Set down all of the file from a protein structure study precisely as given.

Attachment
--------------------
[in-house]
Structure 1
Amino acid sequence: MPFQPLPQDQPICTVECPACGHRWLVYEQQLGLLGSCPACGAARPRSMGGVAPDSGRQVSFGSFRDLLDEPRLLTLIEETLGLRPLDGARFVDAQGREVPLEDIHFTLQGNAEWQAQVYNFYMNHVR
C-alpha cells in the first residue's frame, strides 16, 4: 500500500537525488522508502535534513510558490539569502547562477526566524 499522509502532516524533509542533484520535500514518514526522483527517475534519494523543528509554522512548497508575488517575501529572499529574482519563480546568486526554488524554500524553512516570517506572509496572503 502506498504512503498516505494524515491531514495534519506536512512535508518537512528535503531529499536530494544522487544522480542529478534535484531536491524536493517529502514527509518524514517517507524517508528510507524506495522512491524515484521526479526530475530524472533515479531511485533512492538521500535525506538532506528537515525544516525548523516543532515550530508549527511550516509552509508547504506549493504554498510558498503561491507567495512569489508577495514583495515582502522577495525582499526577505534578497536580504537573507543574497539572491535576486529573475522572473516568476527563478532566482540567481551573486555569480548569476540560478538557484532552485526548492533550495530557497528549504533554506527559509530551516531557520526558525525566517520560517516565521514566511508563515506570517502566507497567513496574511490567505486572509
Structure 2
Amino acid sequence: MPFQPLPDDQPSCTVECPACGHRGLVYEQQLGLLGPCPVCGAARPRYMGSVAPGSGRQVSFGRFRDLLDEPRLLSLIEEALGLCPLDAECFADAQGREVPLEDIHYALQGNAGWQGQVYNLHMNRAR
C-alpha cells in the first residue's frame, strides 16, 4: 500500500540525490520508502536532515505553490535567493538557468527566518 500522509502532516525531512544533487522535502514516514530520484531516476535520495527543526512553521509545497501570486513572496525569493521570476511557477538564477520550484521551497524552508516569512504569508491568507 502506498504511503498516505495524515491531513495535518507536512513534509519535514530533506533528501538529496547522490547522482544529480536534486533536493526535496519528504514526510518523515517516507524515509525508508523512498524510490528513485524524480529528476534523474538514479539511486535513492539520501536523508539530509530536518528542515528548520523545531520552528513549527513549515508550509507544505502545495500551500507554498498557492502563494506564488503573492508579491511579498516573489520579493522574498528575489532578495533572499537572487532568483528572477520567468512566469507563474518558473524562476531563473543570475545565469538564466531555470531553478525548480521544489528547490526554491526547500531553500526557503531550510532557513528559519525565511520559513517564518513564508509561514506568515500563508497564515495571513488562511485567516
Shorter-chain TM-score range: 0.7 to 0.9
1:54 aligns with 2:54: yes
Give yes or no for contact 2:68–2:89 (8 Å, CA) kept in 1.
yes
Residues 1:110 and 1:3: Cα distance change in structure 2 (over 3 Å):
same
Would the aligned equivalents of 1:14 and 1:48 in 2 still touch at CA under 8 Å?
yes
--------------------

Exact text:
[in-house]
Structure 1
Amino acid sequence: MPFQPLPQDQPICTVECPACGHRWLVYEQQLGLLGSCPACGAARPRSMGGVAPDSGRQVSFGSFRDLLDEPRLLTLIEETLGLRPLDGARFVDAQGREVPLEDIHFTLQGNAEWQAQVYNFYMNHVR
C-alpha cells in the first residue's frame, strides 16, 4: 500500500537525488522508502535534513510558490539569502547562477526566524 499522509502532516524533509542533484520535500514518514526522483527517475534519494523543528509554522512548497508575488517575501529572499529574482519563480546568486526554488524554500524553512516570517506572509496572503 502506498504512503498516505494524515491531514495534519506536512512535508518537512528535503531529499536530494544522487544522480542529478534535484531536491524536493517529502514527509518524514517517507524517508528510507524506495522512491524515484521526479526530475530524472533515479531511485533512492538521500535525506538532506528537515525544516525548523516543532515550530508549527511550516509552509508547504506549493504554498510558498503561491507567495512569489508577495514583495515582502522577495525582499526577505534578497536580504537573507543574497539572491535576486529573475522572473516568476527563478532566482540567481551573486555569480548569476540560478538557484532552485526548492533550495530557497528549504533554506527559509530551516531557520526558525525566517520560517516565521514566511508563515506570517502566507497567513496574511490567505486572509
Structure 2
Amino acid sequence: MPFQPLPDDQPSCTVECPACGHRGLVYEQQLGLLGPCPVCGAARPRYMGSVAPGSGRQVSFGRFRDLLDEPRLLSLIEEALGLCPLDAECFADAQGREVPLEDIHYALQGNAGWQGQVYNLHMNRAR
C-alpha cells in the first residue's frame, strides 16, 4: 500500500540525490520508502536532515505553490535567493538557468527566518 500522509502532516525531512544533487522535502514516514530520484531516476535520495527543526512553521509545497501570486513572496525569493521570476511557477538564477520550484521551497524552508516569512504569508491568507 502506498504511503498516505495524515491531513495535518507536512513534509519535514530533506533528501538529496547522490547522482544529480536534486533536493526535496519528504514526510518523515517516507524515509525508508523512498524510490528513485524524480529528476534523474538514479539511486535513492539520501536523508539530509530536518528542515528548520523545531520552528513549527513549515508550509507544505502545495500551500507554498498557492502563494506564488503573492508579491511579498516573489520579493522574498528575489532578495533572499537572487532568483528572477520567468512566469507563474518558473524562476531563473543570475545565469538564466531555470531553478525548480521544489528547490526554491526547500531553500526557503531550510532557513528559519525565511520559513517564518513564508509561514506568515500563508497564515495571513488562511485567516
Shorter-chain TM-score range: 0.7 to 0.9
1:54 aligns with 2:54: yes
Give yes or no for contact 2:68–2:89 (8 Å, CA) kept in 1.
yes
Residues 1:110 and 1:3: Cα distance change in structure 2 (over 3 Å):
same
Would the aligned equivalents of 1:14 and 1:48 in 2 still touch at CA under 8 Å?
yes